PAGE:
Saturday, January 12, 2008

2004 Yan-Ching Hao

2004, fairly young. I ordered this sample from Hou De and got what seems to be the final chunk of the cake. The leaf appears typical of a young sheng, smallish leaf, and slightly darkened past the new-green stage.

I chipped off a few good chunks, used 2 10 second rinses to break them up. I snuck a sniff during the first rinsing, and it smelled of sweet caramel.

1st Steep: The lid of the gaiwan carries the sweet caramel aroma, while the wet leaf has the characteristic tough leather smell. The tea smells of the light caramel mixed with a healthy fresh wood. The taste is characterized by caramelized sugar. Mostly caramel, with a dark toffee. - A clean bark smell is also present, which also is in the taste of the tea. Tastes of roasted sugar, caramel, and a clean woody-bark compose the tea. Also notices is a bit of cloudiness in the tea.

The lid of the gaiwan again smells like caramel, which is also present in the smell of the wet leaf. The wet leaf is also accompanied by a dry grass smell, and faint leather. I think I might be feeling a dose of qi from the first steeping.

2nd Steep (20s): Smell hasn't changed much, but the taste has changed from the dominant caramel, to blend with a stronger light leather, and some deep notes of wood. Cloudiness also present. - At a temperature that is more warm than hot, the caramel flavor is more present, with a hit of wood, and a sweet aftertaste of roasted sugar (huigan).

At this point, I feel a definite high on qi, perhaps some teadrunkness.

3rd Steep (~20s): A rounding of the flavors leaves it harder to differentiate, but with a bit of percolation, the wood is the most dominant flavor acting. Still, the aftertaste is of sweet caramel (huihan). Leaves an odd coarse, sweet, and airy throat feel.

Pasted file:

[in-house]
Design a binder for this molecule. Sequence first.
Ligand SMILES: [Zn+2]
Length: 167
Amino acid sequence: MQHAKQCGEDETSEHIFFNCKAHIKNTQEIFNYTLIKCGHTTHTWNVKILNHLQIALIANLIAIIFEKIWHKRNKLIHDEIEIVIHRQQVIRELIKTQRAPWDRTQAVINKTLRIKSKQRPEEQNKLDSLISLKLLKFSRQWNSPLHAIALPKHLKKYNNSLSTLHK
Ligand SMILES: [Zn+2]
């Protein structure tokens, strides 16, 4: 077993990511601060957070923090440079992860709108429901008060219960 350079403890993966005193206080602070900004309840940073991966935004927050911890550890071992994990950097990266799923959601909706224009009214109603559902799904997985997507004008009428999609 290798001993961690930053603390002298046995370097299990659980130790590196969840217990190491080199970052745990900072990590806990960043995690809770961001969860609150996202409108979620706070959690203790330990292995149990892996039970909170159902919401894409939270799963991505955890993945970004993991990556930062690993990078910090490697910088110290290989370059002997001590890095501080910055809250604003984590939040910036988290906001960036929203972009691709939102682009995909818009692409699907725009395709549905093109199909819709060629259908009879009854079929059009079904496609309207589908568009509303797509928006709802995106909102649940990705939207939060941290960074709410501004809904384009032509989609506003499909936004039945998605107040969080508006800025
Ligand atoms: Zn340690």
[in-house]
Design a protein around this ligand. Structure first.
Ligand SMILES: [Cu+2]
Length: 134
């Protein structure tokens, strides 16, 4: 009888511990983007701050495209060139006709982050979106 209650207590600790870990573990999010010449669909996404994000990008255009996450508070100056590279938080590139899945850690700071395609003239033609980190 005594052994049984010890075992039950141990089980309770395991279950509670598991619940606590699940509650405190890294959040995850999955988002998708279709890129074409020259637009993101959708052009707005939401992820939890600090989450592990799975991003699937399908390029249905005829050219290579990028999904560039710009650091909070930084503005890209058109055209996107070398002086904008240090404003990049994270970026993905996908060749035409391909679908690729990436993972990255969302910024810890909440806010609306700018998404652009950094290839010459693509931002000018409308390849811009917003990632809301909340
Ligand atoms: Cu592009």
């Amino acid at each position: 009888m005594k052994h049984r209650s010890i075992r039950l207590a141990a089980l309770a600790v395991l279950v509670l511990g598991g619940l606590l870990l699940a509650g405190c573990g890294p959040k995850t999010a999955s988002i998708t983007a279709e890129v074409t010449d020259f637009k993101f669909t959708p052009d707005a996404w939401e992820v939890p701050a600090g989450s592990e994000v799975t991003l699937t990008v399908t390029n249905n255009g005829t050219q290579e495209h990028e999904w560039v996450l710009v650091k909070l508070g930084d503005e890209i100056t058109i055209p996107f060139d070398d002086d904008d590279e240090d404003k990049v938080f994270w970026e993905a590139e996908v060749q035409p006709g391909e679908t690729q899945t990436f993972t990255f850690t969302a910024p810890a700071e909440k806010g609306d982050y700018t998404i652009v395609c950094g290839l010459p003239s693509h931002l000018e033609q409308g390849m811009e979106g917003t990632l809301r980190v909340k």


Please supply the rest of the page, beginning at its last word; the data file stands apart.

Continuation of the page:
4th Steep (~30s): A lighter sweetness with the woodiness being fresh, light, and slightly floral. Lighter altogether. - Still sweet, and again, more percolation is giving more woodsy flavor and aftertaste.

The leaves are looking slightly light brown.

5th Steep (40s): The liquor has turned slightly lighter. The leatherness is now identifiable, complimented by slight woodsiness. The sweetness is light, but still present. - The leather and the wood go well together, and compose the character of this 5th infusion.

I'll go for one more infusion with this. The leaf has an almost animalian smell.

6th Steep (~65s): A long steep gives the liquor back a little color. This is a good last steep, light, yet still sweet. Carrying more leather this steep, I would say the leathery taste is the main characteristic here.

This 2004 sheng gave me something I've never gotten from a tea before, that is a sweet and strong caramel character. That is what makes this one so interesting. It starts with a dominant flavor of roasted sugar and caramel, but into the 3rd steep it rounds out into a balances tea, then afterwards it turns to a more characteristic sheng, with a hint of leather, and a fresh, dry woodsiness. I really like this one, perhaps mostly because of it's sweet beginnings, but it still delivers complexity, especially with more percolation. The sweet aftertaste (huigan) is a definite plus. Hou De doesn't have the cake up for sale, and only one sample left... but I heard that the price for the whole beeng was around $135, more than I'd like to spend.

Friday, January 11, 2008

2005 Ming-Yuan Hao Yi-Wu

A 2005 harvest makes this one of the youngest shengs I've ever tried. I've had luck with Yiwu leaf before (2003 Keyixing), and was told this is similar, so I decided to give it a try. If I like it, I might buy a whole cake.

The leaves are giant, as long as my longest finger.

After two rinses, the leaves smell like crispy leather, sharper, a bit like a live animal, similar to hair.

From the brew I get a smell of dry, dead grass, and a light, dry woodsiness. The color is a healthy amber with some orange.